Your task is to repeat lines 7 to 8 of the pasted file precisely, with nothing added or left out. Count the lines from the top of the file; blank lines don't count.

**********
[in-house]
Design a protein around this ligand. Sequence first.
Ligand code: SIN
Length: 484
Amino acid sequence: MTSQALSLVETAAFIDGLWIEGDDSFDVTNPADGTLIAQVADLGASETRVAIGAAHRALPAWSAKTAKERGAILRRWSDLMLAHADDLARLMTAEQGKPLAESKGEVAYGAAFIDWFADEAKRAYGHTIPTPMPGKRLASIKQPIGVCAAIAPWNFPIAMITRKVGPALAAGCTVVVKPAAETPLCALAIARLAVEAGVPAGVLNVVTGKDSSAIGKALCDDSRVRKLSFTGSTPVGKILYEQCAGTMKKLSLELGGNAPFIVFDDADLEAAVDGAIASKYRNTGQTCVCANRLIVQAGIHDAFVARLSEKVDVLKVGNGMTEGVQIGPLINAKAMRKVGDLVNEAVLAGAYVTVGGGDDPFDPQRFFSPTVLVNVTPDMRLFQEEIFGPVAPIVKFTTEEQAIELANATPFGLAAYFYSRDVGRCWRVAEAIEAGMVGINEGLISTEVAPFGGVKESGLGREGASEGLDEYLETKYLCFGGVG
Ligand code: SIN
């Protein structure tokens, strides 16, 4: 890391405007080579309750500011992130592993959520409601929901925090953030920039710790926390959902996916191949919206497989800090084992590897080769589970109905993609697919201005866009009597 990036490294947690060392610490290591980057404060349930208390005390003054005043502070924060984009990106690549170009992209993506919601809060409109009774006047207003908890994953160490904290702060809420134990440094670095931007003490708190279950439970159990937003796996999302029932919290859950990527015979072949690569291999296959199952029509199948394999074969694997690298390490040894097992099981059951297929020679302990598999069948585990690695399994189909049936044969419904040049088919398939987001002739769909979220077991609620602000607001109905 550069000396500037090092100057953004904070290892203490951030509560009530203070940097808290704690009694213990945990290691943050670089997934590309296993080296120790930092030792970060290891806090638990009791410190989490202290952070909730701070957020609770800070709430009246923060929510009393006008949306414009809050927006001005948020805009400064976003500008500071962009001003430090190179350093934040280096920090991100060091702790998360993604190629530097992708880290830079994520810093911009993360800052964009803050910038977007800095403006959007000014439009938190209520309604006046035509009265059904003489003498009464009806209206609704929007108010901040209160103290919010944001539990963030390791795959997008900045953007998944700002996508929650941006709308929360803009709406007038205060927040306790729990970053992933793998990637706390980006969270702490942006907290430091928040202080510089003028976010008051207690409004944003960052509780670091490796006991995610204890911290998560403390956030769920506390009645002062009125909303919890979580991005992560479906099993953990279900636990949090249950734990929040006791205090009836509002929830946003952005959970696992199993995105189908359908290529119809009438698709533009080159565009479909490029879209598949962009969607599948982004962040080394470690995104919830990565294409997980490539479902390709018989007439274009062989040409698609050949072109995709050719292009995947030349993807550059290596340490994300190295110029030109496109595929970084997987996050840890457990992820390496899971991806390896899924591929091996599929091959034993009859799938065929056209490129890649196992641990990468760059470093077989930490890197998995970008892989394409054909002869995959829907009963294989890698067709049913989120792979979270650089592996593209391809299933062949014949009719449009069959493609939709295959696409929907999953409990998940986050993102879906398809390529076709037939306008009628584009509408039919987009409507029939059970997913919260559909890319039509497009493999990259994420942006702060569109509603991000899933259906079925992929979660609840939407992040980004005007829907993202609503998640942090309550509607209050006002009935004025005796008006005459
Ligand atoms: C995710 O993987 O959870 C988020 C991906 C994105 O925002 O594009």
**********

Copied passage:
């Protein structure tokens, strides 16, 4: 890391405007080579309750500011992130592993959520409601929901925090953030920039710790926390959902996916191949919206497989800090084992590897080769589970109905993609697919201005866009009597 990036490294947690060392610490290591980057404060349930208390005390003054005043502070924060984009990106690549170009992209993506919601809060409109009774006047207003908890994953160490904290702060809420134990440094670095931007003490708190279950439970159990937003796996999302029932919290859950990527015979072949690569291999296959199952029509199948394999074969694997690298390490040894097992099981059951297929020679302990598999069948585990690695399994189909049936044969419904040049088919398939987001002739769909979220077991609620602000607001109905 550069000396500037090092100057953004904070290892203490951030509560009530203070940097808290704690009694213990945990290691943050670089997934590309296993080296120790930092030792970060290891806090638990009791410190989490202290952070909730701070957020609770800070709430009246923060929510009393006008949306414009809050927006001005948020805009400064976003500008500071962009001003430090190179350093934040280096920090991100060091702790998360993604190629530097992708880290830079994520810093911009993360800052964009803050910038977007800095403006959007000014439009938190209520309604006046035509009265059904003489003498009464009806209206609704929007108010901040209160103290919010944001539990963030390791795959997008900045953007998944700002996508929650941006709308929360803009709406007038205060927040306790729990970053992933793998990637706390980006969270702490942006907290430091928040202080510089003028976010008051207690409004944003960052509780670091490796006991995610204890911290998560403390956030769920506390009645002062009125909303919890979580991005992560479906099993953990279900636990949090249950734990929040006791205090009836509002929830946003952005959970696992199993995105189908359908290529119809009438698709533009080159565009479909490029879209598949962009969607599948982004962040080394470690995104919830990565294409997980490539479902390709018989007439274009062989040409698609050949072109995709050719292009995947030349993807550059290596340490994300190295110029030109496109595929970084997987996050840890457990992820390496899971991806390896899924591929091996599929091959034993009859799938065929056209490129890649196992641990990468760059470093077989930490890197998995970008892989394409054909002869995959829907009963294989890698067709049913989120792979979270650089592996593209391809299933062949014949009719449009069959493609939709295959696409929907999953409990998940986050993102879906398809390529076709037939306008009628584009509408039919987009409507029939059970997913919260559909890319039509497009493999990259994420942006702060569109509603991000899933259906079925992929979660609840939407992040980004005007829907993202609503998640942090309550509607209050006002009935004025005796008006005459
Ligand atoms: C995710 O993987 O959870 C988020 C991906 C994105 O925002 O594009």